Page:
The Wyoming Early Childhood Professional Learning Collaborative is working to improve the opportunities for Wyoming’s youngest learners by supporting the professional development of their early childhood educators.
The group was initiated when the Wyoming Early Childhood Outreach Network, a University of Wyoming Trustees Education Initiative innovation, and Wyoming Kids First started to explore opportunities to improve the quality of early childhood education in the state. Through their shared goals, the partnership grew to include the Wyoming Department of Family Services, WY Quality Counts, Align, Statewide Training and Resource System (STARS) and Project ECHO in Early Childhood Education.
“The Wyoming Early Childhood Professional Learning Collaborative is an amazing vehicle to support WYECON’s goal of elevating the quality of early childhood programs by improving the professional learning opportunities offered to teachers and caregivers,” says WYECON Director and Associate Lecturer Nikki Baldwin.
The collaborative recognizes that students’ achievement is closely linked to the knowledge and skills of their teachers. Early childhood educators, especially in rural states such as Wyoming, have suffered from a lack of practical professional learning opportunities that allow them to improve their practice and build a professional network.
As the group began its work, a collective vision for a framework of early childhood professional development began to take shape. The model is designed to make the most impact in Wyoming’s unique early childhood landscape in regard to funding, systems and governance.
“Early childhood educators overwhelmingly list isolation and lack of resources as their biggest challenges. In a profession that is so physically, emotionally and cognitively draining, these professionals need connections with one another, opportunities to collaborate, and resources they can access locally to help them gain knowledge and grow as professionals,” Baldwin says. “This model brings training, mentoring and coaching opportunities directly to early childhood professionals.”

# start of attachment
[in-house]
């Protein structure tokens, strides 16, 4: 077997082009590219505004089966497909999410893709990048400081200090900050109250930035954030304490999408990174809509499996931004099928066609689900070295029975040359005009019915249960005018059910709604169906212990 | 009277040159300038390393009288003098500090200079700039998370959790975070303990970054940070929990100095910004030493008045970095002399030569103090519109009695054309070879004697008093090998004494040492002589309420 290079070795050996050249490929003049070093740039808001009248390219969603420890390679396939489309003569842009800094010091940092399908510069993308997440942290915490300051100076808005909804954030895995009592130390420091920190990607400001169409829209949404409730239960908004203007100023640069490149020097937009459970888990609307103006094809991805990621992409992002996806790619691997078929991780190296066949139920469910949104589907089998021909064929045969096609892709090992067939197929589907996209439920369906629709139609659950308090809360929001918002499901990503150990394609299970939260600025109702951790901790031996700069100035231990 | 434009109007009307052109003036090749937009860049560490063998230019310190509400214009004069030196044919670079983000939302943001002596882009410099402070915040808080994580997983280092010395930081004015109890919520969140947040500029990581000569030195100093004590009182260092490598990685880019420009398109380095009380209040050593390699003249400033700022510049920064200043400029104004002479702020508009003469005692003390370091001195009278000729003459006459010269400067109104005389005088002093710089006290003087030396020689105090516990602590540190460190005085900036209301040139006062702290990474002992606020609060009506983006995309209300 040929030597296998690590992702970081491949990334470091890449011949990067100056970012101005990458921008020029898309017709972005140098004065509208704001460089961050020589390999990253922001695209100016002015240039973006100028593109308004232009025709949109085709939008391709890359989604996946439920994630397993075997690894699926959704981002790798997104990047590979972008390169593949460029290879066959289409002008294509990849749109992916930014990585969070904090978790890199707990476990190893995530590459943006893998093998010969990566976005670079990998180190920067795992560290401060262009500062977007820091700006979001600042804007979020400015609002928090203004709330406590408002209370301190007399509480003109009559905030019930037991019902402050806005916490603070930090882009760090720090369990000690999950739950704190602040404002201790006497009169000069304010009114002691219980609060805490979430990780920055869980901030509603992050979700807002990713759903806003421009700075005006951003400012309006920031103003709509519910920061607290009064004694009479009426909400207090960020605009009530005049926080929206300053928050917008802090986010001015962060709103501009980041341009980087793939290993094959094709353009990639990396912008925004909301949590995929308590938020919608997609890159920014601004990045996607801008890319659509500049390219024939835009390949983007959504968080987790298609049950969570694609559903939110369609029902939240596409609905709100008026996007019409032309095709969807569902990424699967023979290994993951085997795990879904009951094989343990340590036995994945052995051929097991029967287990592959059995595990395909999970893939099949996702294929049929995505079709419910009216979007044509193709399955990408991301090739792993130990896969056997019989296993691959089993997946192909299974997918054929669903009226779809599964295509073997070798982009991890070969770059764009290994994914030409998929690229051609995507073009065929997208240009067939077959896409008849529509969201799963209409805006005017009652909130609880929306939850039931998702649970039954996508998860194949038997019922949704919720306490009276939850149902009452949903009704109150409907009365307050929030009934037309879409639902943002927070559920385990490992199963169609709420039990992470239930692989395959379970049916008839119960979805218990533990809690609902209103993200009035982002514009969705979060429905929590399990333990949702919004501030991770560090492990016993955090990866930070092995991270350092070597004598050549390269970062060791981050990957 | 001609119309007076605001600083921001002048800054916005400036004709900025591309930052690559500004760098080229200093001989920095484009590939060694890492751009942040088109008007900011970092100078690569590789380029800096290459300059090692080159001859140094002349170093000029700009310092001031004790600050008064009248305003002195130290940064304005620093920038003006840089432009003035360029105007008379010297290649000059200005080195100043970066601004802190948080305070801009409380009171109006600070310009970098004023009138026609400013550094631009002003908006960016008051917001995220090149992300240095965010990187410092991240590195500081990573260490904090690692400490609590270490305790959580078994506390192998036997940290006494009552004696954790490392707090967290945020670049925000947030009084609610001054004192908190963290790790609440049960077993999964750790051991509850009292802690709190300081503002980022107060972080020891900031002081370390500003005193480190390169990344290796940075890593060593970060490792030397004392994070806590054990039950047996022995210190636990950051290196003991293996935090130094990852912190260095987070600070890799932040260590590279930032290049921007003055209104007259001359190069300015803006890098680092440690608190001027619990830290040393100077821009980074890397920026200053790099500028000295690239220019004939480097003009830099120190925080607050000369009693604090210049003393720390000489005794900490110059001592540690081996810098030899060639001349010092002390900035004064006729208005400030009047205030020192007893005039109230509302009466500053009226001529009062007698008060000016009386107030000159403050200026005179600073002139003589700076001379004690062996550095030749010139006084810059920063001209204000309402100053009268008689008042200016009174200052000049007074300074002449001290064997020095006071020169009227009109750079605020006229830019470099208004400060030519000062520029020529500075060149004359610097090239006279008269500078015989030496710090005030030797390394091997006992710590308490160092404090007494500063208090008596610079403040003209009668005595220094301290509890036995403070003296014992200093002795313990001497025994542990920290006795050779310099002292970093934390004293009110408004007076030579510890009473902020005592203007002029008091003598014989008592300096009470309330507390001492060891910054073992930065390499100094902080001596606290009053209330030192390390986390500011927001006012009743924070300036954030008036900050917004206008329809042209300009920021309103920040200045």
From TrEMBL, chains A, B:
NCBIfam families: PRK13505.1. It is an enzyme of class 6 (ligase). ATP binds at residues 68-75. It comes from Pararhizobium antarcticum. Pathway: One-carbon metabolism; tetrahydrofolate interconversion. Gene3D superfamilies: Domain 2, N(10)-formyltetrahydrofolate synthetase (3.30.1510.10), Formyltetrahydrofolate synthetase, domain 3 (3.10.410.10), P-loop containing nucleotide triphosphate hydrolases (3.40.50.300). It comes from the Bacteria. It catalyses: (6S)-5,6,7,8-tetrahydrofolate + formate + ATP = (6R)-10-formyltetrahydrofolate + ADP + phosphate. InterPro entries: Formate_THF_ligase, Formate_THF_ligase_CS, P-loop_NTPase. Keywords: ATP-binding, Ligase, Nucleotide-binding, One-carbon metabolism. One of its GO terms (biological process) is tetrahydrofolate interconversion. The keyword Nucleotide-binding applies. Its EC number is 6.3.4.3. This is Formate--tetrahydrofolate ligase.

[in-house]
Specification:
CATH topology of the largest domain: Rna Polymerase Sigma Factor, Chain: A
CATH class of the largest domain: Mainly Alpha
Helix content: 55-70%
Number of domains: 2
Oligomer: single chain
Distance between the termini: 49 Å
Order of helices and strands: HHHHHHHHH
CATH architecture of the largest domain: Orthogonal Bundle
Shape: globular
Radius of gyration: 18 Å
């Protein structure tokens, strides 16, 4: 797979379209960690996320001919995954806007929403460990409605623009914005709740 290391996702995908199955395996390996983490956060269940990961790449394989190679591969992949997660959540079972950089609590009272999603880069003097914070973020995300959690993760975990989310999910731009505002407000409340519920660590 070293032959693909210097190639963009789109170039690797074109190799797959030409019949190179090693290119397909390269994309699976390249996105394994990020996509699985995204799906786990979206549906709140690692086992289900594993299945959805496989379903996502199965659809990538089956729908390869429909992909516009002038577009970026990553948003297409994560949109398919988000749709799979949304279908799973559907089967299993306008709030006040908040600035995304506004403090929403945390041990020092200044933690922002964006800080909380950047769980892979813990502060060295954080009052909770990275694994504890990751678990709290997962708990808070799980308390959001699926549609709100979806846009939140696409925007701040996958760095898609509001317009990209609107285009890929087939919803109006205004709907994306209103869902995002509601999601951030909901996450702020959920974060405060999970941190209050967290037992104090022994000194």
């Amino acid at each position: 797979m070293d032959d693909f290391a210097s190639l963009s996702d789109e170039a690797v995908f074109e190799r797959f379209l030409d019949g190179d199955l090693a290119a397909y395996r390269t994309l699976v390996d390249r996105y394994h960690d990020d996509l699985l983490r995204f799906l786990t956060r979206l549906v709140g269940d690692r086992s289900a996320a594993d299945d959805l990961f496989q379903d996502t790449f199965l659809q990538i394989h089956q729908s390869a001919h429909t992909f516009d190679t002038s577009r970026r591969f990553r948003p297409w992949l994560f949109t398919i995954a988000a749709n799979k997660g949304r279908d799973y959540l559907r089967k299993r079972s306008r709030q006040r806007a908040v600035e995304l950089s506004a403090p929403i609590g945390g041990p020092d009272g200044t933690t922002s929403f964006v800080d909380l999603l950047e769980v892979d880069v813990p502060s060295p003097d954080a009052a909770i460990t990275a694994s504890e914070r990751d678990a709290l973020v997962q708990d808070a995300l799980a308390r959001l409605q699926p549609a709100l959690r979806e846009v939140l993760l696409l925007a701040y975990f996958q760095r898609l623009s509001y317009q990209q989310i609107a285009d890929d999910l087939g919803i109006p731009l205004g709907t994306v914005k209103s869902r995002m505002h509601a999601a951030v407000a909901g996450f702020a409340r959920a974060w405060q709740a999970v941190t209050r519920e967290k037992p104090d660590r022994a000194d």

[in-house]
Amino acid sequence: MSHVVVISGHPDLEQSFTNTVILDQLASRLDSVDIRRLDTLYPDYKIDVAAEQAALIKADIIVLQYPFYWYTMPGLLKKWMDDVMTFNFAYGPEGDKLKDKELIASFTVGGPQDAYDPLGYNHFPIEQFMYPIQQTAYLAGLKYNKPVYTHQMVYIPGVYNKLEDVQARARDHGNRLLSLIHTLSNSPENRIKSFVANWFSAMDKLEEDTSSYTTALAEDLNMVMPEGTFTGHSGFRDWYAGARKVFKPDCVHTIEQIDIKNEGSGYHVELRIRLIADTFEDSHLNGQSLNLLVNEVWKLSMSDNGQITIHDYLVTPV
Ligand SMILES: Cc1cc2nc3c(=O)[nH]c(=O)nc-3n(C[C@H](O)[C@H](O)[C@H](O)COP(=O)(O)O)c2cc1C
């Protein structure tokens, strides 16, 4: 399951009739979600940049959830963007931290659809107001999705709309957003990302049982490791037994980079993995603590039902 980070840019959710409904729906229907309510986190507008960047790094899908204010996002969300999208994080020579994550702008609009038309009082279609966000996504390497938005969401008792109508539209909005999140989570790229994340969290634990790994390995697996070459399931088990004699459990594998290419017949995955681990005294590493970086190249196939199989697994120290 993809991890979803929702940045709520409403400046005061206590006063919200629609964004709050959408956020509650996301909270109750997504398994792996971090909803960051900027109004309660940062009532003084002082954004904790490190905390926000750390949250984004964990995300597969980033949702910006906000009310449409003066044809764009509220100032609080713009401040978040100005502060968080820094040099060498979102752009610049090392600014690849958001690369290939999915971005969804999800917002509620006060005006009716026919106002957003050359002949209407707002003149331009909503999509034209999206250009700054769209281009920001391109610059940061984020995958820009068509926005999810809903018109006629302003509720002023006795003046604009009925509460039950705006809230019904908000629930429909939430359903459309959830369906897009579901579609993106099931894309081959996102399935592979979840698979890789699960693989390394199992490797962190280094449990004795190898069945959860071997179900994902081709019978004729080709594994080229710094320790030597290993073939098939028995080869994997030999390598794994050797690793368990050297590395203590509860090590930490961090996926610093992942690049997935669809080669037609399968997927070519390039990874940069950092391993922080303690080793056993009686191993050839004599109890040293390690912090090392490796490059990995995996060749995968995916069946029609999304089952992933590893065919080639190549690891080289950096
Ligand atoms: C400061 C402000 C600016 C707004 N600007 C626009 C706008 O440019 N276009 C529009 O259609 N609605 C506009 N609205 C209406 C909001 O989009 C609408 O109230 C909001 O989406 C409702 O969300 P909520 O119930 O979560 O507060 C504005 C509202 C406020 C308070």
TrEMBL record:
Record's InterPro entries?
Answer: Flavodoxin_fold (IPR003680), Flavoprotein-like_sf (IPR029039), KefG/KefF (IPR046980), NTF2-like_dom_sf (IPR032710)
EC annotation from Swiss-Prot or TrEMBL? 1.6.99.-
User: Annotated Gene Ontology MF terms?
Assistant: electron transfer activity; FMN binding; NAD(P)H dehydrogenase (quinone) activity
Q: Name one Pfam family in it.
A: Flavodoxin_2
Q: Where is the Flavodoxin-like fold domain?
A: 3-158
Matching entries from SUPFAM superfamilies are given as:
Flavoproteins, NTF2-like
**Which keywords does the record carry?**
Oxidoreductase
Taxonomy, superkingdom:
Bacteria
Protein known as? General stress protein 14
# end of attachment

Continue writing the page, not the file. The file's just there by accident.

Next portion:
The new model uses seven regional learning facilitators, serving every peak and valley in the state, to deliver content directly to educators via local STARS trainings, online learning communities and individualized learning tools such as on-site mentoring and coaching.
“Our professional learning facilitators are not only providing these opportunities locally, but also are elevating early childhood leaders in programs and communities to build their capacity to support their own professional learning efforts,” Baldwin says. “This is about raising up the entire early childhood profession one teacher, leader and program at a time.”
Individualized learning plans will be put into action by the collaborative to provide a roadmap to guide facilitators and participants through the professional learning process. Content delivered will be based on the recently published NAEYC Professional Standards and Competencies for Early Childhood Educators, which define the essential body of knowledge, skills, dispositions and practice required of all early childhood educators.
“The focus of professional learning activities for year one is improving the quality of early learning environments, supporting healthy relationships between children and caregivers, and improving adult-child interactions. Each of these priorities is directly linked to improved learning outcomes for young children,” Baldwin said.